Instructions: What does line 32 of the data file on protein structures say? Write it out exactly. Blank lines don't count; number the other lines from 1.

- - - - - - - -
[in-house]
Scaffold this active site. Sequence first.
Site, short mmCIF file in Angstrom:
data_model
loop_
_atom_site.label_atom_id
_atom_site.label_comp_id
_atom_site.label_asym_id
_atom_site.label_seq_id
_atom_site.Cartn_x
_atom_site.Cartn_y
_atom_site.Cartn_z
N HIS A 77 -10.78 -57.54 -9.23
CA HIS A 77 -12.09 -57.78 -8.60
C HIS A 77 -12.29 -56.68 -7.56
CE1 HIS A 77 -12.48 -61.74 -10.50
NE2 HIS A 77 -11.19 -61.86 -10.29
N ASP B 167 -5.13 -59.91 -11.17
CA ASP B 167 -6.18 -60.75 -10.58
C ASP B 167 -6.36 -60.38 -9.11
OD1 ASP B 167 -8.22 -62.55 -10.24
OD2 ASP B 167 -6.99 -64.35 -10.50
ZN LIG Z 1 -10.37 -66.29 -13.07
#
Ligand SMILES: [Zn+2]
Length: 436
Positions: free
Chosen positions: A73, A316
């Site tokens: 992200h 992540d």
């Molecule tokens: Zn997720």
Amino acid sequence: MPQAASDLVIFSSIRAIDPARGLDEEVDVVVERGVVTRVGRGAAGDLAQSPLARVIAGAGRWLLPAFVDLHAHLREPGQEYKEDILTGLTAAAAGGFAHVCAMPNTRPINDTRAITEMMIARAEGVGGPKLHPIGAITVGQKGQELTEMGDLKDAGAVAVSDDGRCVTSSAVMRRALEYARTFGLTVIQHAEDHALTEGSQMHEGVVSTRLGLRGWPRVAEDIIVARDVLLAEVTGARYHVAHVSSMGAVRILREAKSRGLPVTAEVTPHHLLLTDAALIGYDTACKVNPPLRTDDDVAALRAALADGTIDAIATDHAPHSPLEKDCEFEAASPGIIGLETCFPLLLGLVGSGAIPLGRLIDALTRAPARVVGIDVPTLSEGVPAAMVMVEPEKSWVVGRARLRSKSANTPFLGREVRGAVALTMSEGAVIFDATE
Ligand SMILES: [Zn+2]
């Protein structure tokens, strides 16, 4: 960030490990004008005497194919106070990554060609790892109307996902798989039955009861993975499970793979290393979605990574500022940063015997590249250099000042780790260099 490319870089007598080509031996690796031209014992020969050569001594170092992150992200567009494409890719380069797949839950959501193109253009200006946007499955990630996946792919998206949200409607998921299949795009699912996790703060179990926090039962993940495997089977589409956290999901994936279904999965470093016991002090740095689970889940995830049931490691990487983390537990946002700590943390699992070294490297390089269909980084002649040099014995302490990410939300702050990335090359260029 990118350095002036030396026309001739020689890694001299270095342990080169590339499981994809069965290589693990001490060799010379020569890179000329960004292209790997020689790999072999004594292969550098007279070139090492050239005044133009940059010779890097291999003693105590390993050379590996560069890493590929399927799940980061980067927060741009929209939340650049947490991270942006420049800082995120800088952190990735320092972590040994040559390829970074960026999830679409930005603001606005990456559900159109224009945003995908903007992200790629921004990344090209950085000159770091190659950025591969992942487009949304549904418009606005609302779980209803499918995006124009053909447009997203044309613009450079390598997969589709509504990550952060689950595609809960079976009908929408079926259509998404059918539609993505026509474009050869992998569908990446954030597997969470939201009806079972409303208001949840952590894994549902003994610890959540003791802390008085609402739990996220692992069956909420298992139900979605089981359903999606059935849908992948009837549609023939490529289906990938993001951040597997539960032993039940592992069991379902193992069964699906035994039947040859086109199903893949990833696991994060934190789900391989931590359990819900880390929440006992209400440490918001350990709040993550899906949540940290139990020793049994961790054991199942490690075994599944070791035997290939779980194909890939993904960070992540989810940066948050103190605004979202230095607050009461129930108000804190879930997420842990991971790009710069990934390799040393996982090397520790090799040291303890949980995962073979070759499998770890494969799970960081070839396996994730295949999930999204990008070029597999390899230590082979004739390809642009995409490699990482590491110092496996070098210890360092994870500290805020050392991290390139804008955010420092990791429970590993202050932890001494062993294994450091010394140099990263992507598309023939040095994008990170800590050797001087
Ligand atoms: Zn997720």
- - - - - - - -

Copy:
Ligand SMILES: [Zn+2]